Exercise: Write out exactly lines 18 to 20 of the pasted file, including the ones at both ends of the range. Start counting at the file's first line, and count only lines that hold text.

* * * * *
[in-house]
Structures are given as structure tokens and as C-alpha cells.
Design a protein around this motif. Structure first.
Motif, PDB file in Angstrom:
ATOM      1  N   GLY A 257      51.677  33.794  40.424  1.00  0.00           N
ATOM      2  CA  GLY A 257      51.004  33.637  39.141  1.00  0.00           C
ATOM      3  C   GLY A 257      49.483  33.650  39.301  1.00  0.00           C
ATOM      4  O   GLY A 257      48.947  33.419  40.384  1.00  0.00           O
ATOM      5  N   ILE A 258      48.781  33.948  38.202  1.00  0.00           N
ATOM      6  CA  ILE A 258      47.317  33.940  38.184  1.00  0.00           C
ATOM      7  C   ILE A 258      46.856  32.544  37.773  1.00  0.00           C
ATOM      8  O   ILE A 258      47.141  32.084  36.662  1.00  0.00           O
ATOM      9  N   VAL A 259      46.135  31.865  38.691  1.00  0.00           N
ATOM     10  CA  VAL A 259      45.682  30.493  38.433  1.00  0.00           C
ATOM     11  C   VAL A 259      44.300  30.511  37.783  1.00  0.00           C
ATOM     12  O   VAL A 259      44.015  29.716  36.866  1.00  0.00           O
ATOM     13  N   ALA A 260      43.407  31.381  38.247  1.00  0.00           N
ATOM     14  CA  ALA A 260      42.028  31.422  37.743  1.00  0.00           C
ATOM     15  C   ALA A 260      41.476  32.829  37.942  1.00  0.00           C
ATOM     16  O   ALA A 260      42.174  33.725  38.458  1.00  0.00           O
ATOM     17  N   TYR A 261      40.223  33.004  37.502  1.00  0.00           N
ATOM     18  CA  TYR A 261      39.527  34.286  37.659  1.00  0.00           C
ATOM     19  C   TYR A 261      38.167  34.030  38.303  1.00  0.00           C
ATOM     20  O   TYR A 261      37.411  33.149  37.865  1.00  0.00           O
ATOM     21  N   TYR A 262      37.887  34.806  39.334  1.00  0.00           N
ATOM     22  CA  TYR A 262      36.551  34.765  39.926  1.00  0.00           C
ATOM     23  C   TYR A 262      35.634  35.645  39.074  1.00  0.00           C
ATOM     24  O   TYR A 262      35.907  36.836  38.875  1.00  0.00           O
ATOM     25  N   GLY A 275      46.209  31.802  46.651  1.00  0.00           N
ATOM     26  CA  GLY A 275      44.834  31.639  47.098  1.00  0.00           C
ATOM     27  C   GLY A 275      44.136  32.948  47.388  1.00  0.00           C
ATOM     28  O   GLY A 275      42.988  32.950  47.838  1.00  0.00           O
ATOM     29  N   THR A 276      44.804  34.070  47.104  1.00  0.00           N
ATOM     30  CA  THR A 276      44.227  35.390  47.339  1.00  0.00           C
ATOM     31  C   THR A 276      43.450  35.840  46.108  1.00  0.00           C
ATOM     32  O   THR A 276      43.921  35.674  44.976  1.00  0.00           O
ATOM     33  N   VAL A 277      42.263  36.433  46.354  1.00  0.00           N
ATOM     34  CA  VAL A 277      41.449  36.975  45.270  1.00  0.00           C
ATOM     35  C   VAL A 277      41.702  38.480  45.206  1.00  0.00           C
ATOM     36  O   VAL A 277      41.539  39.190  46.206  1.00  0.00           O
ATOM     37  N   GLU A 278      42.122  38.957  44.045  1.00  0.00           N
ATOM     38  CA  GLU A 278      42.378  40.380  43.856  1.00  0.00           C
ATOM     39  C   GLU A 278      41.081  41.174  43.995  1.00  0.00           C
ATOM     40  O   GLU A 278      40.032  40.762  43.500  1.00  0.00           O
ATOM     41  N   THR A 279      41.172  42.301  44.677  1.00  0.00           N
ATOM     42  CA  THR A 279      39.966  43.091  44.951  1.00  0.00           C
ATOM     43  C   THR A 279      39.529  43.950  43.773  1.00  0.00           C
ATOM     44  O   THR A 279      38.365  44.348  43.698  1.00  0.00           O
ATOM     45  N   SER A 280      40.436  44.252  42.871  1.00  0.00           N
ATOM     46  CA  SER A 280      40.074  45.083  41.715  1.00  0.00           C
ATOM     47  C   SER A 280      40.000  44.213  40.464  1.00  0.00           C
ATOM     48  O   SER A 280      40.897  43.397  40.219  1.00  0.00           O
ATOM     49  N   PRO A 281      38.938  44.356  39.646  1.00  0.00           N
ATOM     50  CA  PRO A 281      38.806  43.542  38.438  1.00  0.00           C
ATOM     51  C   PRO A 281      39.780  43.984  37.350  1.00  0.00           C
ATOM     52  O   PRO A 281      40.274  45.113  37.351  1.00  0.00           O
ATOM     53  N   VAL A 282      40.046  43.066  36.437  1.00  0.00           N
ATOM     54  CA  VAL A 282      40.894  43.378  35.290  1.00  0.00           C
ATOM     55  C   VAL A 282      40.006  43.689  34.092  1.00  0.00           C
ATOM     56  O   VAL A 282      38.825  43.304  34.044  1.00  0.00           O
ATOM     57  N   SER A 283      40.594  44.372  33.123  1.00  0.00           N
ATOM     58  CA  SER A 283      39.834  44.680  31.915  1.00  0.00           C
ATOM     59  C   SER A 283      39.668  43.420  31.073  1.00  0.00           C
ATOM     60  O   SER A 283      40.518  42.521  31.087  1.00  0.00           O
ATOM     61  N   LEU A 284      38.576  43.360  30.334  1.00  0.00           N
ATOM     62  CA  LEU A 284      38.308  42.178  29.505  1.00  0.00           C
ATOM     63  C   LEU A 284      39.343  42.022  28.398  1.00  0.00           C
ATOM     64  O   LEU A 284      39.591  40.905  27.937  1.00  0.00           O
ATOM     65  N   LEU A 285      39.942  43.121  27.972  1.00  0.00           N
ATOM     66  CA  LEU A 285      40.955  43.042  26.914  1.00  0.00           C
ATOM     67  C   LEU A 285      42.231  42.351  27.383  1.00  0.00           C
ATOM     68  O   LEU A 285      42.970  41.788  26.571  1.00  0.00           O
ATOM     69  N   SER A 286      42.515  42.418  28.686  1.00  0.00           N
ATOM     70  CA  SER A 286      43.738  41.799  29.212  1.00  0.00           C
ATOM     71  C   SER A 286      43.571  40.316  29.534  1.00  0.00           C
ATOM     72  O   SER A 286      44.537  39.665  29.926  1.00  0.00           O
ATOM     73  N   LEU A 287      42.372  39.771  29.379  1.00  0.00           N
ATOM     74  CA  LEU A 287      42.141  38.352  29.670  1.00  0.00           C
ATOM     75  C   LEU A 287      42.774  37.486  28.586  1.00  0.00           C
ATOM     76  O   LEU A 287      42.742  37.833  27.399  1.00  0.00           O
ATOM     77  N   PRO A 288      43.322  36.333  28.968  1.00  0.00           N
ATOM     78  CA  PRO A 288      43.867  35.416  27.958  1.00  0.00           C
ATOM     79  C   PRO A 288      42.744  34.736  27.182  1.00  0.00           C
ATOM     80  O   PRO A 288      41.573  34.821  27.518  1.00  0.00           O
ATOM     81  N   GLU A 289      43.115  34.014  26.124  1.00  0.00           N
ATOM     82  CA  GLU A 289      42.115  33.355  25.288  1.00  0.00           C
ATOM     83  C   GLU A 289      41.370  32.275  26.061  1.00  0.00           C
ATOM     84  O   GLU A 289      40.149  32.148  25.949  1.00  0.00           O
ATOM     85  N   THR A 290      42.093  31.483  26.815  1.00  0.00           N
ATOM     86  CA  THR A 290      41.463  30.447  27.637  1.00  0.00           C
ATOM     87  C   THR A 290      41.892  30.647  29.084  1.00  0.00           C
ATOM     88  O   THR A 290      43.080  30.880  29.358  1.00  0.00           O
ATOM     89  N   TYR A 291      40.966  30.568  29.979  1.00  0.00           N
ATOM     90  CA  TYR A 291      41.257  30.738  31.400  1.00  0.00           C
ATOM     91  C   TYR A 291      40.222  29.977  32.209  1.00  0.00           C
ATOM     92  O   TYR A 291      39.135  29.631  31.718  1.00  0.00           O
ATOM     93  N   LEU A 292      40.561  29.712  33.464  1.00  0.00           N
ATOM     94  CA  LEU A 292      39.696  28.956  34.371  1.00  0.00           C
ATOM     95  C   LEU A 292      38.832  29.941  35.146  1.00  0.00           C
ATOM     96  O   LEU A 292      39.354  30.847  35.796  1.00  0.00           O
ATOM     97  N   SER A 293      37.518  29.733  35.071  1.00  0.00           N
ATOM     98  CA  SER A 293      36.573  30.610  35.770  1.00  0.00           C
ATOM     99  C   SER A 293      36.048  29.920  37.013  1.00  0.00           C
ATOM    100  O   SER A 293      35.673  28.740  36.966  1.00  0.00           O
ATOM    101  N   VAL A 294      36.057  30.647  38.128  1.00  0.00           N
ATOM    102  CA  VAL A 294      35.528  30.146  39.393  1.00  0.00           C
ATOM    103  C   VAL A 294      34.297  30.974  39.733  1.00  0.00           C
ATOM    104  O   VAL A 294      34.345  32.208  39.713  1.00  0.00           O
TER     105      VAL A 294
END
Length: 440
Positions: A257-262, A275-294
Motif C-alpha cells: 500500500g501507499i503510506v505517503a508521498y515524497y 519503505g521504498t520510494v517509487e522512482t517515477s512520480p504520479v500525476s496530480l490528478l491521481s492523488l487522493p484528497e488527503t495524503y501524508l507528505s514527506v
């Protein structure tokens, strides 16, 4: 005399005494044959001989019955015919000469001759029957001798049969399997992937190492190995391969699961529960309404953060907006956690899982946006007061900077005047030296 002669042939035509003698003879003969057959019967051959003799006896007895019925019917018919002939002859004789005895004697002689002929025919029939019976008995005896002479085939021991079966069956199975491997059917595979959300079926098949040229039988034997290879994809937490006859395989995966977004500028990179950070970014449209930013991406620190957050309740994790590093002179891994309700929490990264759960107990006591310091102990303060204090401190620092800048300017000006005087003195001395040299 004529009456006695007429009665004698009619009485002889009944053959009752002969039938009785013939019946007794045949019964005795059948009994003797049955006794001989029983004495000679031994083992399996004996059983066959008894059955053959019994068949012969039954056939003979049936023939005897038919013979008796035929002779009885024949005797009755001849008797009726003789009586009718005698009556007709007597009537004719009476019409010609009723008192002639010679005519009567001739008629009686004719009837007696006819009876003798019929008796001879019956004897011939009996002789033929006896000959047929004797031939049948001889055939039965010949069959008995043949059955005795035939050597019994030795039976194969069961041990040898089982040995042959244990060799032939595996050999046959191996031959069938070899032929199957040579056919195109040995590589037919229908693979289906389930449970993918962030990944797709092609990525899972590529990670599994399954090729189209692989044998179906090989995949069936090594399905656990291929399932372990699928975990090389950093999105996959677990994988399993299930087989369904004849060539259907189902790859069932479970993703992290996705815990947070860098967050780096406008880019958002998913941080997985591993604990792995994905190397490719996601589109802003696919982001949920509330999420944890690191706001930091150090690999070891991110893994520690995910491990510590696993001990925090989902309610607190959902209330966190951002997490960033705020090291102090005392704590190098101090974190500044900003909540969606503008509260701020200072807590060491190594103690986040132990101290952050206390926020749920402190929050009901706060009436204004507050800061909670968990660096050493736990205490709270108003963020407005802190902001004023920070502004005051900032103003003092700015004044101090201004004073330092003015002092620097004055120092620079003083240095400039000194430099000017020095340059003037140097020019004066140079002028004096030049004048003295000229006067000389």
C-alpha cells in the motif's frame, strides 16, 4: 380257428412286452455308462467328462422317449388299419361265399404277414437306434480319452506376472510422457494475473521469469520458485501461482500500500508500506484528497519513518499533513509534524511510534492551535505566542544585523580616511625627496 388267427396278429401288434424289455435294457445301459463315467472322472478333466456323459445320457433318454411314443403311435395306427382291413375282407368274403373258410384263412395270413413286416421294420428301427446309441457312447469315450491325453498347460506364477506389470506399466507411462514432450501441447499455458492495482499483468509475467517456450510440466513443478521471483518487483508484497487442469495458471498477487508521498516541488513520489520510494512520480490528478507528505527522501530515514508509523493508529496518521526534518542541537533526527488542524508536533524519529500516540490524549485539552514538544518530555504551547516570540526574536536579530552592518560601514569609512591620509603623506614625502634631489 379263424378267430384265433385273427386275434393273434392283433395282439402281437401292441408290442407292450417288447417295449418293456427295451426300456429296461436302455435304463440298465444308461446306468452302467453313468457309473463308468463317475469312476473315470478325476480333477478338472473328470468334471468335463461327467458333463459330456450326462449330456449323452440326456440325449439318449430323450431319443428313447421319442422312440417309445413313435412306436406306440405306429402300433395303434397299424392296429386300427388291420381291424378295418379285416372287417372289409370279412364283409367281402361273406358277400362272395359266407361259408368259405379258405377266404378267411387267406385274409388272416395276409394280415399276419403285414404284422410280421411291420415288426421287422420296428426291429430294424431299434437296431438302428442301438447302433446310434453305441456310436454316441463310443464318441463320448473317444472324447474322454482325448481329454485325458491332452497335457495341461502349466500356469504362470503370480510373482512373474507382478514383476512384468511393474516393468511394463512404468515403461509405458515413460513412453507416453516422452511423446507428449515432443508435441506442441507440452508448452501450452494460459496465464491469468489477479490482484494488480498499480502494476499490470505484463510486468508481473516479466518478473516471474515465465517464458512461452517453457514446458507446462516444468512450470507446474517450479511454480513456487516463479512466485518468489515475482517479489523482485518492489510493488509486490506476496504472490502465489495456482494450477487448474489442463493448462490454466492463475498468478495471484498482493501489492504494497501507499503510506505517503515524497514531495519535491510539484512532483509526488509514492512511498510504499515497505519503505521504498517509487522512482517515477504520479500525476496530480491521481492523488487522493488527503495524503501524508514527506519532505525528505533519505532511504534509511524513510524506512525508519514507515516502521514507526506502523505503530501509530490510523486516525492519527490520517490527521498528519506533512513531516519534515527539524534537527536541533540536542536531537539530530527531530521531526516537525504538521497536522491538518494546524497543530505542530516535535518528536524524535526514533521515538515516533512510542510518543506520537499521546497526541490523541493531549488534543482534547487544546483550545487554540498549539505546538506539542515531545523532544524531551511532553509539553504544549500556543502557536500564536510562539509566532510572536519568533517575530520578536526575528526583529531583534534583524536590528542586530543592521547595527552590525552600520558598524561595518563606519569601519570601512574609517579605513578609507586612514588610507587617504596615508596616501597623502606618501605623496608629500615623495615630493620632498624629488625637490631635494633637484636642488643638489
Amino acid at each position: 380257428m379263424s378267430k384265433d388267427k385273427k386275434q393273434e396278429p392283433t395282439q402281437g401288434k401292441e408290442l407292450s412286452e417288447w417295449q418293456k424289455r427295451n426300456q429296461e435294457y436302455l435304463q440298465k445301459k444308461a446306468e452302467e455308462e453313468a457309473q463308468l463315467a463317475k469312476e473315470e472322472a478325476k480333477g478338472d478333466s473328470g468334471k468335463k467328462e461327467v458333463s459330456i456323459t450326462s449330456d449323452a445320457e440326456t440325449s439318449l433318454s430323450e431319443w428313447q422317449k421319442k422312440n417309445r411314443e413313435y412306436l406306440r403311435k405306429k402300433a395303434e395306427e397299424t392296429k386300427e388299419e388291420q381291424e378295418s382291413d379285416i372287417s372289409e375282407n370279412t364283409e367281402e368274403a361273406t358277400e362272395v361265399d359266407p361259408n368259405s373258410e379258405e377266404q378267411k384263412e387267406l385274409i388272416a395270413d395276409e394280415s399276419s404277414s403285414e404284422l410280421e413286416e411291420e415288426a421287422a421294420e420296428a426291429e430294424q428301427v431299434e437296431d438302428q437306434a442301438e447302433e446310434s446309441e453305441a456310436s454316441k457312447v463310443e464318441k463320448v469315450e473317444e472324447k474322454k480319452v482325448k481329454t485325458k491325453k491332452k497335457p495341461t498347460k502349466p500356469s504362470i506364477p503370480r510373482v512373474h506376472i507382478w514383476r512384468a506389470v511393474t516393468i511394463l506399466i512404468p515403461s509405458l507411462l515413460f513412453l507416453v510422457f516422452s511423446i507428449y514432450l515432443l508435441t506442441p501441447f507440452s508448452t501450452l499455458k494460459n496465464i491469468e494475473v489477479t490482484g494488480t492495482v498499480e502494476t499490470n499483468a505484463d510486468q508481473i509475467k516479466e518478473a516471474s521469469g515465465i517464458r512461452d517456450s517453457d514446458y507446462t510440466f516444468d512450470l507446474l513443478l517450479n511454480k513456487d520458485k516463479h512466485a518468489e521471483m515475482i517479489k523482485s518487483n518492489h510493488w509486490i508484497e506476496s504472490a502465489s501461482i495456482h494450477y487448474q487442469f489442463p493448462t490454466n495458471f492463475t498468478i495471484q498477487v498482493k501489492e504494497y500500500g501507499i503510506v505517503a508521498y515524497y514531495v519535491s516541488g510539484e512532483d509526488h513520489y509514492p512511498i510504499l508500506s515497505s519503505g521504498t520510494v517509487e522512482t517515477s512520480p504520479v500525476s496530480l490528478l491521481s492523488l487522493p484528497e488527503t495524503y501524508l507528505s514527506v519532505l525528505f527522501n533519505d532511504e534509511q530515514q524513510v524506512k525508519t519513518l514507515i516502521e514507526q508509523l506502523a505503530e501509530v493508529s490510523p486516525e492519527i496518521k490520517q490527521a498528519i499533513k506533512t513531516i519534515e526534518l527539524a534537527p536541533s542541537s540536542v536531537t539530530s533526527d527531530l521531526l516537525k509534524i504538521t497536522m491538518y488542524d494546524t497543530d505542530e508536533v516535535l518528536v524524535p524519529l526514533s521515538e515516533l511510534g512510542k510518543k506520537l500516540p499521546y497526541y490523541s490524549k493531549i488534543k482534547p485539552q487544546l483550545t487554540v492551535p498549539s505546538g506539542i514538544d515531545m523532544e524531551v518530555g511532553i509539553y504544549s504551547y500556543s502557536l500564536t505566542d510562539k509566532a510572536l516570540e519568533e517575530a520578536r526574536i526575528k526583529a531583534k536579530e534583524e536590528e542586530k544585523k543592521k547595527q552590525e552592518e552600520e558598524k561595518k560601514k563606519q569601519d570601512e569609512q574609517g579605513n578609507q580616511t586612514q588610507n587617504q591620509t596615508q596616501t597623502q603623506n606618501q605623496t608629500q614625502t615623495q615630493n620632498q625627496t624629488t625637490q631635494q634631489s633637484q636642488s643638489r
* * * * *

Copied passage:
ATOM     14  CA  ALA A 260      42.028  31.422  37.743  1.00  0.00           C
ATOM     15  C   ALA A 260      41.476  32.829  37.942  1.00  0.00           C
ATOM     16  O   ALA A 260      42.174  33.725  38.458  1.00  0.00           O